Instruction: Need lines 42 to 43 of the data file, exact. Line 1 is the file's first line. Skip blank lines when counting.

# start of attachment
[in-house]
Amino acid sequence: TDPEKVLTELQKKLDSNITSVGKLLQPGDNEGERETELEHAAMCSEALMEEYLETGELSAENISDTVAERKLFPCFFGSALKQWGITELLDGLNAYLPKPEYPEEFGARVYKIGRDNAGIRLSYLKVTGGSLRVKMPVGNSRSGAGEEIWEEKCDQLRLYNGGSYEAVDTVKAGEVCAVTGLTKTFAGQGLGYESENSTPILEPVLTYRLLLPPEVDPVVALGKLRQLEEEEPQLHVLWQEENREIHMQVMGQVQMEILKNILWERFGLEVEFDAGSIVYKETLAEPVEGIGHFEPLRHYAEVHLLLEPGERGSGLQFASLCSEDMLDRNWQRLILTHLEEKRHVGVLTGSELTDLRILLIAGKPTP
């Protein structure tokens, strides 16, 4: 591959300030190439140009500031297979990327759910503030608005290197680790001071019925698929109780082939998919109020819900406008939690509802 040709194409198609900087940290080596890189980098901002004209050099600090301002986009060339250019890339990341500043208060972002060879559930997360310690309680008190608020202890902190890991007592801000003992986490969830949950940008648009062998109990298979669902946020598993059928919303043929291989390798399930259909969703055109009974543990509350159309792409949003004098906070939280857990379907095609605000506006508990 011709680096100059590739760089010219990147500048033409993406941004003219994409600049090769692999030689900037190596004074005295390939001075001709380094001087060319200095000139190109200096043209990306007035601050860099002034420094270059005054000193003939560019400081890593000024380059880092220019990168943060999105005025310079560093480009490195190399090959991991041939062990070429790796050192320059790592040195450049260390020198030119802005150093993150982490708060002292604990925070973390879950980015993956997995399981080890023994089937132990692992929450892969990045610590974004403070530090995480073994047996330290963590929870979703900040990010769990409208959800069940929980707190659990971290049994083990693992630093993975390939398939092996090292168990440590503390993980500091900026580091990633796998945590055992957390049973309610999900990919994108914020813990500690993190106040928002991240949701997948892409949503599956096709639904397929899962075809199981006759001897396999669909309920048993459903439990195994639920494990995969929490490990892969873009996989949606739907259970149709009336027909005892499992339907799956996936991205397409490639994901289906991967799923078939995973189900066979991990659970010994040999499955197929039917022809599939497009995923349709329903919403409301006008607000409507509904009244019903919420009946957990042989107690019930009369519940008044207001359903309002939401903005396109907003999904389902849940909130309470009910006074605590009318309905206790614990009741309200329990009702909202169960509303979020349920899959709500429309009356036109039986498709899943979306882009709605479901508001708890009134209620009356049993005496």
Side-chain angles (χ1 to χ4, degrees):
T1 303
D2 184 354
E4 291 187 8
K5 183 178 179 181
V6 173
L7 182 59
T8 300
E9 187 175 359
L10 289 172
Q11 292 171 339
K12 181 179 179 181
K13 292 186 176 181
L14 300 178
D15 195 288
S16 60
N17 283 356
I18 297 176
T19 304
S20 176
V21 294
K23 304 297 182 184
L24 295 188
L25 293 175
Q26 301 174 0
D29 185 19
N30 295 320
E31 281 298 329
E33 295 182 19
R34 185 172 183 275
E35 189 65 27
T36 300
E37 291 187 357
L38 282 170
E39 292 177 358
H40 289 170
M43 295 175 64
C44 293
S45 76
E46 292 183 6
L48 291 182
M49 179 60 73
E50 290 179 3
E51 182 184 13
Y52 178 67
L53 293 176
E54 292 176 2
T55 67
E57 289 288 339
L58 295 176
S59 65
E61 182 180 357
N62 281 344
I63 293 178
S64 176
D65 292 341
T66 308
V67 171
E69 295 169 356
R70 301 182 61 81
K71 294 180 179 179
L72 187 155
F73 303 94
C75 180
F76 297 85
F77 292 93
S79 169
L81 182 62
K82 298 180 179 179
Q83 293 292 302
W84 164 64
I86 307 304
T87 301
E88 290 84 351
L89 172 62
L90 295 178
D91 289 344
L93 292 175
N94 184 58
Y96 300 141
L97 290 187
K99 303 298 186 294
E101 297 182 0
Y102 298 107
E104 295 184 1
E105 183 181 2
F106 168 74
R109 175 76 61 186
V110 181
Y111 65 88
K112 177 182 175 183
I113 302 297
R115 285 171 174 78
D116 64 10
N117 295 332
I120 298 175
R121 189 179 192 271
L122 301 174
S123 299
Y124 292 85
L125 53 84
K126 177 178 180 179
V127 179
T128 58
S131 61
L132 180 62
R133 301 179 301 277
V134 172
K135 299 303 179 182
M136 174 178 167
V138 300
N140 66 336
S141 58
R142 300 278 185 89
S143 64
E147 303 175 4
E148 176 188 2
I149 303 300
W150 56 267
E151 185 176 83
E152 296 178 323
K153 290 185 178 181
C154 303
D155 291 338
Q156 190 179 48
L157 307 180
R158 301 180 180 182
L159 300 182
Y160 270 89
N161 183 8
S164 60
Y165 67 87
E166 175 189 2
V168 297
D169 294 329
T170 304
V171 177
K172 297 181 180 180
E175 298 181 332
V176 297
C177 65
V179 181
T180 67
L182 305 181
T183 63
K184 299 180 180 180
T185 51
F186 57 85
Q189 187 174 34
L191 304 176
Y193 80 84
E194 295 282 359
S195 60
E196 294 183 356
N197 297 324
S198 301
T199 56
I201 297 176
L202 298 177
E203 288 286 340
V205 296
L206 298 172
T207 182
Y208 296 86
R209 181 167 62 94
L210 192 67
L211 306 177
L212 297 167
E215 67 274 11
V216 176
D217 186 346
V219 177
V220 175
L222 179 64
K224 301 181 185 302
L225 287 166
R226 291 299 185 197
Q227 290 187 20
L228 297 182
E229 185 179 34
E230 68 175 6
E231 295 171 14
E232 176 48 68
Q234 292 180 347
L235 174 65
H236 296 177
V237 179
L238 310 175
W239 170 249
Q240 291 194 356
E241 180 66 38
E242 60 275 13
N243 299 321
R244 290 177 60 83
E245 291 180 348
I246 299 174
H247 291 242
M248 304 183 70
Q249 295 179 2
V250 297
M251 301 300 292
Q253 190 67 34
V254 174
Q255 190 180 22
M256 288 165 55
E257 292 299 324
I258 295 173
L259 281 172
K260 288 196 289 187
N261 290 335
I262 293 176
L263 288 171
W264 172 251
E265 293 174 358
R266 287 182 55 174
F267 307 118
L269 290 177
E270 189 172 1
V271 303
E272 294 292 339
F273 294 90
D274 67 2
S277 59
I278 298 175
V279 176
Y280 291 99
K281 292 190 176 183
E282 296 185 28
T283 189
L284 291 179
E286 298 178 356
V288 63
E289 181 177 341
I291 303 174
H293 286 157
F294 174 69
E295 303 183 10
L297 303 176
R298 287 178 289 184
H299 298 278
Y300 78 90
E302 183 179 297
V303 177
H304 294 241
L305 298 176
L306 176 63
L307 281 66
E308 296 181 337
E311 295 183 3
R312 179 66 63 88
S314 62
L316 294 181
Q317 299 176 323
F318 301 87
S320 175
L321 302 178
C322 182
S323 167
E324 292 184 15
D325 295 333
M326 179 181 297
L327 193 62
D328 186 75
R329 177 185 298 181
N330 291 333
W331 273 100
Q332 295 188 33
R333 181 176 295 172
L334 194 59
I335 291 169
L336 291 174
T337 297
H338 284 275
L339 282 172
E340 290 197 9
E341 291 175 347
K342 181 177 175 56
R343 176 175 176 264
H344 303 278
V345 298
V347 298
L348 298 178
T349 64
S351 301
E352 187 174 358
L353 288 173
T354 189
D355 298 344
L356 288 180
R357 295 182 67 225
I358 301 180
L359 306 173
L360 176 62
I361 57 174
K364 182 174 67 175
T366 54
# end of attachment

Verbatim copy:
S45 76
E46 292 183 6